Your Job is Just a Part of Your Career

There is often the misconception that if you have a job, you have a career, especially if you have held that job for the long-term. A job gives you short-term security. It supplies you with compensation, fringe benefits, an occupational title and shapes your work related responsibilities and performance obligations.

When you commit to building the skills for your profession and acquire the related education or present well-developed skill-sets or marketable natural talent; you may be well on your way to a career. Every job you hold is a part of your career.

If you are lucky, you have some idea of your abilities and have a talent that captures your interest. Got a career plan? It is essential that you spend time assessing your interests and skill-sets if you don’t have a plan. Creating a career management plan usually evolves.

Your interaction with the workplace and the world will influence your perception. The impact of technology on tasks, performance, production, workplace relationships and communication means constant change. It also means you will be constantly evaluating and realigning your personal goals with career advancement opportunities.

In the past, a company planned your career advancement. Nowadays, you must manage your career. You compete in a global marketplace. It is your responsibility to package and market you. Relationships and networking internally and externally are essential factors impacting how you are viewed and valued for your personal brand.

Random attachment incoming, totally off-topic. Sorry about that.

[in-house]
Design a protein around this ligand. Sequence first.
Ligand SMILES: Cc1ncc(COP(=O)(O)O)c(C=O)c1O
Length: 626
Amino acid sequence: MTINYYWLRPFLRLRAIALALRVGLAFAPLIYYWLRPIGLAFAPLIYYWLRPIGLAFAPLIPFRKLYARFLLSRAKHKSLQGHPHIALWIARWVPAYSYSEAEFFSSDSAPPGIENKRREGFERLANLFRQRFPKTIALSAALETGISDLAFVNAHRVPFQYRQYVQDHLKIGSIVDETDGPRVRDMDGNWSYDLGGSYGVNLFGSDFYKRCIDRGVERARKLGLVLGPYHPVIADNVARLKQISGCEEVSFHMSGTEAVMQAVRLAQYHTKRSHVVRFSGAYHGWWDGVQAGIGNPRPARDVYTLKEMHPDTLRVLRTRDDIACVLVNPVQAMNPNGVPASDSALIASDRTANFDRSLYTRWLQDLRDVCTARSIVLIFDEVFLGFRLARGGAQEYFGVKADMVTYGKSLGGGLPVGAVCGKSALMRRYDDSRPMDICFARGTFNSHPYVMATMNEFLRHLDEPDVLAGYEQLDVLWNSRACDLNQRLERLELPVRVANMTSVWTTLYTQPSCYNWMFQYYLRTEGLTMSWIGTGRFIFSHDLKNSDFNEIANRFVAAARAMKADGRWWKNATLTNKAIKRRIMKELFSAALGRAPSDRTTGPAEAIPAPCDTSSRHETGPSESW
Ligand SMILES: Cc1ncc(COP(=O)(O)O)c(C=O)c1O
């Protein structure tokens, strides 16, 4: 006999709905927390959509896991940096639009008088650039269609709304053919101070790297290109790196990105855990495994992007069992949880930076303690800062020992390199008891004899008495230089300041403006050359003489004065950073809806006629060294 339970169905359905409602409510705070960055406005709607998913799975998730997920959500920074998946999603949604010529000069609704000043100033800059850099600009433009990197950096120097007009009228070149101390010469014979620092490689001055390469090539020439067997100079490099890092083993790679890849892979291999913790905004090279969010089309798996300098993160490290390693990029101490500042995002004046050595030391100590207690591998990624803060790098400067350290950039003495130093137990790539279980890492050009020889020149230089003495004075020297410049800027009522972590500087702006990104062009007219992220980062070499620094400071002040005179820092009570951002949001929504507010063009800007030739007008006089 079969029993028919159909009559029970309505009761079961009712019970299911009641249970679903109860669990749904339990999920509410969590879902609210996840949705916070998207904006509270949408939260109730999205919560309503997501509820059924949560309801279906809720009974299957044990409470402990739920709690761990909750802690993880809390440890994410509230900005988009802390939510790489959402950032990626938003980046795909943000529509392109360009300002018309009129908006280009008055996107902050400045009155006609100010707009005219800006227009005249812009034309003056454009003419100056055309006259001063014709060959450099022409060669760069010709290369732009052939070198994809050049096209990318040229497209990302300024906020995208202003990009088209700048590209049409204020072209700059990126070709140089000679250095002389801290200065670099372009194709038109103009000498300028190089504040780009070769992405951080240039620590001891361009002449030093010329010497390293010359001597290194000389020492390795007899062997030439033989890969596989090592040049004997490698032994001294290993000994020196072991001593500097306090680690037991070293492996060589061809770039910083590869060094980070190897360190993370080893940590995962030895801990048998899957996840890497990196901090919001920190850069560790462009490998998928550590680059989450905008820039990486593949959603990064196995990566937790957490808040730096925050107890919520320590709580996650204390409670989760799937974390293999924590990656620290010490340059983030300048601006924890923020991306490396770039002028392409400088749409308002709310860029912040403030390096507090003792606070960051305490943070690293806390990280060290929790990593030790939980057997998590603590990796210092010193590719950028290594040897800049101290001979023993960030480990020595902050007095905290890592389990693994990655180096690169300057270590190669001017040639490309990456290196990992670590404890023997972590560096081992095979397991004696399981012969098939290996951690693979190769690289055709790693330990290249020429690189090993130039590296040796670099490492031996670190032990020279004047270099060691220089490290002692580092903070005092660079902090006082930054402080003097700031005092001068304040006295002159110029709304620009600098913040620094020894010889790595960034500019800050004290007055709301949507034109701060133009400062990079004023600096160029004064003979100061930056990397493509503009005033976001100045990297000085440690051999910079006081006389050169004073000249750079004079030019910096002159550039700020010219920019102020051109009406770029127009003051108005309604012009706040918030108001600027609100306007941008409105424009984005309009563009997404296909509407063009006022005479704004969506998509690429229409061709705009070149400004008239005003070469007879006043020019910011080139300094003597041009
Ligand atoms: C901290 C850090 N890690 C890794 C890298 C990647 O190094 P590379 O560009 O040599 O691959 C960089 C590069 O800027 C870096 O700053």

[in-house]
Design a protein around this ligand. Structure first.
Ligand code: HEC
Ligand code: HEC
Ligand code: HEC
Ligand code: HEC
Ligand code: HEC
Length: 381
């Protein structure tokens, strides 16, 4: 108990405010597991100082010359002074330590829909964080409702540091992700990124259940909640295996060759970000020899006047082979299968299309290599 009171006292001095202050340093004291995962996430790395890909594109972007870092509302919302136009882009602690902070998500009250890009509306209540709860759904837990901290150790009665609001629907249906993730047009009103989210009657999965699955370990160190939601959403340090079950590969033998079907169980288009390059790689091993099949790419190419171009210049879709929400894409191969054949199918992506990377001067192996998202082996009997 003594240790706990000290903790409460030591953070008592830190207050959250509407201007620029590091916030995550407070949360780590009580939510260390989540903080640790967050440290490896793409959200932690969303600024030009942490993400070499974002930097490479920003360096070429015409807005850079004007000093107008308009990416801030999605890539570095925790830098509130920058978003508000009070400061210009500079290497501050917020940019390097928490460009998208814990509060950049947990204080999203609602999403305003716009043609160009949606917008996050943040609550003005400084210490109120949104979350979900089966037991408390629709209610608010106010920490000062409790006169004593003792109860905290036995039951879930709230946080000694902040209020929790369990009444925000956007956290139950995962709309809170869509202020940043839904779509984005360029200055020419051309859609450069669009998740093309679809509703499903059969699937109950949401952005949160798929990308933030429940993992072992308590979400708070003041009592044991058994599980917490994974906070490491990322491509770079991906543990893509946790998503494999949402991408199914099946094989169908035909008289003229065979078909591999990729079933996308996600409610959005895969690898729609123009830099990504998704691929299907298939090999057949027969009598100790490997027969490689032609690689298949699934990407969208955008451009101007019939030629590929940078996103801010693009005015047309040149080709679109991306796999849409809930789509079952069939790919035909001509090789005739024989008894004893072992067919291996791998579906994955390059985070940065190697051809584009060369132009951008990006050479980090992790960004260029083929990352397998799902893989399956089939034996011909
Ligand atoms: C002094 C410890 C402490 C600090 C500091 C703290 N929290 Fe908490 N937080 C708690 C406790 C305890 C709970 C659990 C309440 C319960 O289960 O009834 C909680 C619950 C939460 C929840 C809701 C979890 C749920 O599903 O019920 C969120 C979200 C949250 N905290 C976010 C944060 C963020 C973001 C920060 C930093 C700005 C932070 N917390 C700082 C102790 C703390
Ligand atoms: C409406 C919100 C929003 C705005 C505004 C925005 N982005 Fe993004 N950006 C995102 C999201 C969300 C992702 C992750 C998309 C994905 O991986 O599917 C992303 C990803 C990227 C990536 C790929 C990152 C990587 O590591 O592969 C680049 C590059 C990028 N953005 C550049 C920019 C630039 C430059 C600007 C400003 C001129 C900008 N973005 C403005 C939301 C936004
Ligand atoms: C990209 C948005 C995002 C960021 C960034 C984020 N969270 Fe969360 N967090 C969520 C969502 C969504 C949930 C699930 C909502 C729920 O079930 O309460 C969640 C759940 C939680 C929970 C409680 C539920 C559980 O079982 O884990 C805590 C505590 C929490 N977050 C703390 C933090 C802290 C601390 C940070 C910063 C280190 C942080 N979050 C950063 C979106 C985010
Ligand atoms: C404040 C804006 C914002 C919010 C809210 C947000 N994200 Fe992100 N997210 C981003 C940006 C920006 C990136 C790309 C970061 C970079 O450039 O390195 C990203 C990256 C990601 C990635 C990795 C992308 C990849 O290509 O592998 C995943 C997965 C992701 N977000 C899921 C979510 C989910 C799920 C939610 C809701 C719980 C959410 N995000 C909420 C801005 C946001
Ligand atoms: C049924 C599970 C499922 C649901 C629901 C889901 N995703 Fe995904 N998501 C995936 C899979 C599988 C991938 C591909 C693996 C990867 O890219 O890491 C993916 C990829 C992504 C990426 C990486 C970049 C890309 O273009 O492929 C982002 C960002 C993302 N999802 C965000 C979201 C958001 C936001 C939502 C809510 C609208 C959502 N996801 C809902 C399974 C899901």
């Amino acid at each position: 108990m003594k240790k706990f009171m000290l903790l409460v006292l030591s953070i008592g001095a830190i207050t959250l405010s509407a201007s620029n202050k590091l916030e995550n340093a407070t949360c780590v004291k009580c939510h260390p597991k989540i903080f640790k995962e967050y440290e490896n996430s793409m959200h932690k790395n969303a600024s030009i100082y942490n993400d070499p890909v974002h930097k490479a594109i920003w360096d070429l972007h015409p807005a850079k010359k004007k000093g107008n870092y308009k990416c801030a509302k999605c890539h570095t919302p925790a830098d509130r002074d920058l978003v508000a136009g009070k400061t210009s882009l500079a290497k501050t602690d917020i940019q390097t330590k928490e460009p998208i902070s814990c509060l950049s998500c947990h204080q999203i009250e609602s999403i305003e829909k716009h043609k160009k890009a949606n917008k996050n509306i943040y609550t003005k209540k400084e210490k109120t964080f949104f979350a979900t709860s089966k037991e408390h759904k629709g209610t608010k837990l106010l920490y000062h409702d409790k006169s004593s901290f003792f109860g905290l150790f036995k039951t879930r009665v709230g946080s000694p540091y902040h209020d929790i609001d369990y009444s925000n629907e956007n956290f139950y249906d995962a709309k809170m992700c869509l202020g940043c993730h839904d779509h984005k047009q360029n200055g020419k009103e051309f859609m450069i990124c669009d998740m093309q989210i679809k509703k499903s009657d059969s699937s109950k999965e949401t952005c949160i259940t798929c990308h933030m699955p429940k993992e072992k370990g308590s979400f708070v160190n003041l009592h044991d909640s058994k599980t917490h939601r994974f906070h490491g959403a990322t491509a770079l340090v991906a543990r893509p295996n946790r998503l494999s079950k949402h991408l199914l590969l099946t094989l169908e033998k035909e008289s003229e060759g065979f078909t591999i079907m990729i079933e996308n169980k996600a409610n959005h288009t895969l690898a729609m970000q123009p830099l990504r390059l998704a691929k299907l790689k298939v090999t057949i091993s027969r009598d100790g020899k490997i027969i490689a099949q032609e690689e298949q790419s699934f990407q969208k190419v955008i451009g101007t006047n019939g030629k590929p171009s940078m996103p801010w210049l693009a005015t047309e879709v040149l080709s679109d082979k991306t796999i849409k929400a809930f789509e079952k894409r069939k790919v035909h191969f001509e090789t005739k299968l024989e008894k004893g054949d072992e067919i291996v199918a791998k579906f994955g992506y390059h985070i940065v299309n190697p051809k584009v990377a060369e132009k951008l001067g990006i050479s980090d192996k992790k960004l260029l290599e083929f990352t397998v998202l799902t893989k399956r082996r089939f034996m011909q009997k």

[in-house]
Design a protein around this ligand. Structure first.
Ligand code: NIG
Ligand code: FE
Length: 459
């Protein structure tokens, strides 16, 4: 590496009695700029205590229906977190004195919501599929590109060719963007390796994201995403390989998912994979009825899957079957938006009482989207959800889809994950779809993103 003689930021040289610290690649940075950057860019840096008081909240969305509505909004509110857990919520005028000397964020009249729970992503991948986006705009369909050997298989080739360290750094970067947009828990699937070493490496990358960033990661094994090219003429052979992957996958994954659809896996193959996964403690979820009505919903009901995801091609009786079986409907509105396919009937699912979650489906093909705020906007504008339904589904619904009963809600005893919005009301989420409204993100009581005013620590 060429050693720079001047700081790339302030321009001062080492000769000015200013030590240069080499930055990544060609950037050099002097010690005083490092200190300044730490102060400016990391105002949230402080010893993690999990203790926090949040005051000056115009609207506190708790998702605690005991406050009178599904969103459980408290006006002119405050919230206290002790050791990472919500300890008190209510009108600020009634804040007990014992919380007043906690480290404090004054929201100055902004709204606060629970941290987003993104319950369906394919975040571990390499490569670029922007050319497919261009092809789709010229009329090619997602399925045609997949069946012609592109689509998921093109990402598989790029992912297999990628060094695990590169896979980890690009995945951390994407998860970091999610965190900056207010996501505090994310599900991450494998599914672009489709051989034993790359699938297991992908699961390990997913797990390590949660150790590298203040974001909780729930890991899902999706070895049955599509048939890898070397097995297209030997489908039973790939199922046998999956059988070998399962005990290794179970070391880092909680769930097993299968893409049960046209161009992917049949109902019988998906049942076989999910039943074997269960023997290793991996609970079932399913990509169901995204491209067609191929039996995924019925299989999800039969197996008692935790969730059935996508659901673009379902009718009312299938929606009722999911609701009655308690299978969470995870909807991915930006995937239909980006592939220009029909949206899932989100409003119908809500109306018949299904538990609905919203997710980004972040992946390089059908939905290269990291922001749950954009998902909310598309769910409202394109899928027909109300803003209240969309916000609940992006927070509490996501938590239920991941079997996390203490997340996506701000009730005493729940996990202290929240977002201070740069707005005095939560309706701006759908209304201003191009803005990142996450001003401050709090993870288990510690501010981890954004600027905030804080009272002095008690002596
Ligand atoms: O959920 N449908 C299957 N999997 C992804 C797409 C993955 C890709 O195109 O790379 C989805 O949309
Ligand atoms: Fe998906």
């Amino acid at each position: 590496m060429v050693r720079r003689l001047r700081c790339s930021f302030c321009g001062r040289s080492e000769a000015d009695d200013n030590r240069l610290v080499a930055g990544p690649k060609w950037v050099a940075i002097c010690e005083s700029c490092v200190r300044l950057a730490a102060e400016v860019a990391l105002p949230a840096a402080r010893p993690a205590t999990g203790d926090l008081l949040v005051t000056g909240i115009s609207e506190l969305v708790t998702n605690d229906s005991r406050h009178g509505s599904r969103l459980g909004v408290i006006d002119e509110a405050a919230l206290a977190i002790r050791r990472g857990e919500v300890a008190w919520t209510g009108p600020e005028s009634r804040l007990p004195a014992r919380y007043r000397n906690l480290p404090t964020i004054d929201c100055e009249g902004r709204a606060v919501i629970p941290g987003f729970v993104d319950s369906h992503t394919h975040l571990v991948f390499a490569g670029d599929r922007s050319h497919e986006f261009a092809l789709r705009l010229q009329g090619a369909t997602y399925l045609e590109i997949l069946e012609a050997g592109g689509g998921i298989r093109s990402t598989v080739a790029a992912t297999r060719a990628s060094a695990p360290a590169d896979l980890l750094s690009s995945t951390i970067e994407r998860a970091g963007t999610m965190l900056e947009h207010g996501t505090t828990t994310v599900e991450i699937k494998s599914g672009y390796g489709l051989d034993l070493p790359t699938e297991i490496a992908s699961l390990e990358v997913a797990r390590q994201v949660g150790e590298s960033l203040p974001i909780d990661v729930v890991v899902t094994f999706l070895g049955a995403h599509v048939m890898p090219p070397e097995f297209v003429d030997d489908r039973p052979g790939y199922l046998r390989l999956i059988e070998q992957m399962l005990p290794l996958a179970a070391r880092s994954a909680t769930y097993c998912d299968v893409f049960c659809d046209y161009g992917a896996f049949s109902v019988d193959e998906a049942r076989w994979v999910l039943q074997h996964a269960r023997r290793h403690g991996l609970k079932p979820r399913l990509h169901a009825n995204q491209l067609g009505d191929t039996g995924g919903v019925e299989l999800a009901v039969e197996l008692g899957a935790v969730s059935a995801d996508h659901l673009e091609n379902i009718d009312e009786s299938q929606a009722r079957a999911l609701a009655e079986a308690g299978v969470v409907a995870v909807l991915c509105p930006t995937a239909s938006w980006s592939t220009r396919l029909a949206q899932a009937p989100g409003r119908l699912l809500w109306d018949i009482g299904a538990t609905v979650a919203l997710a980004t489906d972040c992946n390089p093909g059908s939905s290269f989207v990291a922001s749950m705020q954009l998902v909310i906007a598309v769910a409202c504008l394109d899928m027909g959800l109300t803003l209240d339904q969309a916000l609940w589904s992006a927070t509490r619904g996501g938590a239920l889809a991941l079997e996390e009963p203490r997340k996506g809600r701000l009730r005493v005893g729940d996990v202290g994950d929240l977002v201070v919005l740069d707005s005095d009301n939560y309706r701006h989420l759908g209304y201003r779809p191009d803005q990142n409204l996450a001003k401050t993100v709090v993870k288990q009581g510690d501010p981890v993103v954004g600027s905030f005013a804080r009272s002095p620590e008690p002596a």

Your work relationships. also influences your career advancement. The workplace is intricately connected; therefore it is important to nurture healthy relationships with your boss and co-workers. Be professional and open-minded at all times. These connections can help you get promoted easily. Furthermore, seek to improve your communication skills to convey your objectives clearly.

Always be ready and prepared. If you are interested in advancing your career, keep your mind open to learning and acquiring new knowledge. This will help you become flexible in future challenges when you encounter obstacles or opportunities in your journey to career success.

Practice thinking strategically about where you wish to be professionally in 5, 10 years to be ready for the next career opportunity. Build your career portfolio because your job is just a part of your career. Manage your career for long-range advancement.

Brenda Goburn Smith